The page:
As essential historical background, the French invaded Algeria (in north Africa) in 1830. Its brutal colonial conquest and occupation lasted over 160 years until the Algerian War of Independence in 1962. During the initial conquest, the French troops, including those led by Saint-Arnaud, were known to have looted, raped and massacred entire villages, desecrated mosques and destroyed cemeteries. In recent years this systematic organised French violence, chiefly in the form of massacres known as ‘razzias’ have come to be acknowledged not as warfare but as genocide.
My previous travels have taken me to many countries including Vietnam where Australian troops were deployed alongside US troops less than 50 years ago. Most recently in 2019 I spent one month in Iran, a proud Islamic nation demonized for its many decades of Islamic resistance to US covert military and political violence. When being unconditionally welcomed into a mosque in Shiraz in Iran, I was asked, “Why does America and Trump hate us?” All I could do was weep with shame and wonder whether Iranian Moslems would be similarly welcomed into an Australian Christian church.
In both Vietnam and Iran, I have been incredibly warmly welcomed as an Australian. Both countries respectively have had a long and deep history of enlightened Buddhist and Islamic learning and scholarship that goes back hundreds of years, well before the European enlightenment of the 17th and 18th Centuries.
Because these colonized nations and their and associated religious cultures are respectively primarily Buddhist and Islamic, and their people are largely non-white and non-Christian, they have, like Algeria, both been subject to centuries of colonial (including French) invasion, occupation, brutalization and subjugation. It is into these and other Asian and Middle Eastern wars seeking liberation and independence from colonial occupation that Australia has sometimes blundered and become hopelessly enmeshed within my lifetime.
The very recent ‘Black Lives Matter Movement’ is a moment in history where a global realization of the brutalization of non-white people has finally come to the surface. I was heartened on 11 June 2020 see the AFL football players respectfully take a knee and acknowledge that ‘Black Lives also Matter’ in Australia, particularly in relation to Aboriginal and Torres Strait Islander Australians. I could never have imagined any of this would have been possible even a decade ago. We can learn and reconcile from history.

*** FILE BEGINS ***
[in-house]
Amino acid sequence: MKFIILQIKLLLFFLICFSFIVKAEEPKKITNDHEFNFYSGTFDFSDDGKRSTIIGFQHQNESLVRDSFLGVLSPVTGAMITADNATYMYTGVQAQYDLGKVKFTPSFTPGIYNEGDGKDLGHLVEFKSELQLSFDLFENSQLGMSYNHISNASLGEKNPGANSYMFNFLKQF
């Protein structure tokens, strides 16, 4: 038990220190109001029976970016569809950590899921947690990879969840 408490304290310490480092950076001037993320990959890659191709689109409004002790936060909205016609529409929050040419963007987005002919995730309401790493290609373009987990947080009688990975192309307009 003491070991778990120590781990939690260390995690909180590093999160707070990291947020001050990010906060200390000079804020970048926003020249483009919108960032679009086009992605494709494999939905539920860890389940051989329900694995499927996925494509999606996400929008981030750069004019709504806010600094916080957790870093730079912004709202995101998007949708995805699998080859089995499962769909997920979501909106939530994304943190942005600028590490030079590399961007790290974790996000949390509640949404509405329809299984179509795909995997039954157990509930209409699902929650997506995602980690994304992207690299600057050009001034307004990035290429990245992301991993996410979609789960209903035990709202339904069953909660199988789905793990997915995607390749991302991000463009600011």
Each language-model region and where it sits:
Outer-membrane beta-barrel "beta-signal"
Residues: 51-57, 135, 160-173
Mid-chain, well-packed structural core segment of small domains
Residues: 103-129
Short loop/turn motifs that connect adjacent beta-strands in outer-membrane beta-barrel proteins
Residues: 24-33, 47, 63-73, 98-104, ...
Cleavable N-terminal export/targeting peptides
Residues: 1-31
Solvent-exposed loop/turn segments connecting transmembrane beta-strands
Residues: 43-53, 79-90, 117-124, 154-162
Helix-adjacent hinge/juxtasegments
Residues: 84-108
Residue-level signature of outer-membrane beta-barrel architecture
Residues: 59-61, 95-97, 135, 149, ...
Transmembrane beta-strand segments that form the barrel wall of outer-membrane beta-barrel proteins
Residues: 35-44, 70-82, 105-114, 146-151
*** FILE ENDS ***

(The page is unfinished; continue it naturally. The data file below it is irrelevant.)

Way beyond the brutal police murder of George Floyd in the US, Australians have also come to realise that all is still not right in Australia in terms of equity and justice. St Arnaud the township may be a long way from Algeria, but it is increasingly uncomfortable to deny the Marshall’s genocide and to retain such an odious name for the town. Closing our hearts and minds and hoping it will all go away denies that black (including Moslem) lives also matter.
Might we instead find an acceptable, alternative local name for the township used by the traditional owners going back one thousand generations? For example, Kara Kara, whose local and town associations are more appropriately with gold and quartz, and whose name subsumed the local government area including the St Arnaud township from 1861 to 1994. If an acceptable name change was negotiated with the traditional Dja Dja Wurrung owners, this would also be one appropriate and very generous act towards local and national Aboriginal reconciliation. It would be an incredible win-win.
In changing the name, we would acknowledge that some genocidal deeds against humanity, and the naming of places commemorating the people responsible, whether it be Hitler in Germany, Pol Pot in Cambodia or Saint Arnaud in Algeria, are unnecessary scars on the community and the Australian landscape. Saint-Arnaud’s now well-documented act of genocide is so abominable that at the very least, there needs to be a public reexamination and reconsideration of the name, and ideally a process leading to a suitable renaming.
It is not possible to erase history. But it is possible to learn about, reconcile and change the many things that clearly need changing. Future generations will thank us for our wisdom and bravery by acknowledging that black lives do matter, including here and in Algeria. In thinking globally and acting locally, our sustainability and lives in this violently inherited Australian Dja Dja Wurrung landscape will be further reconciled and greatly enhanced.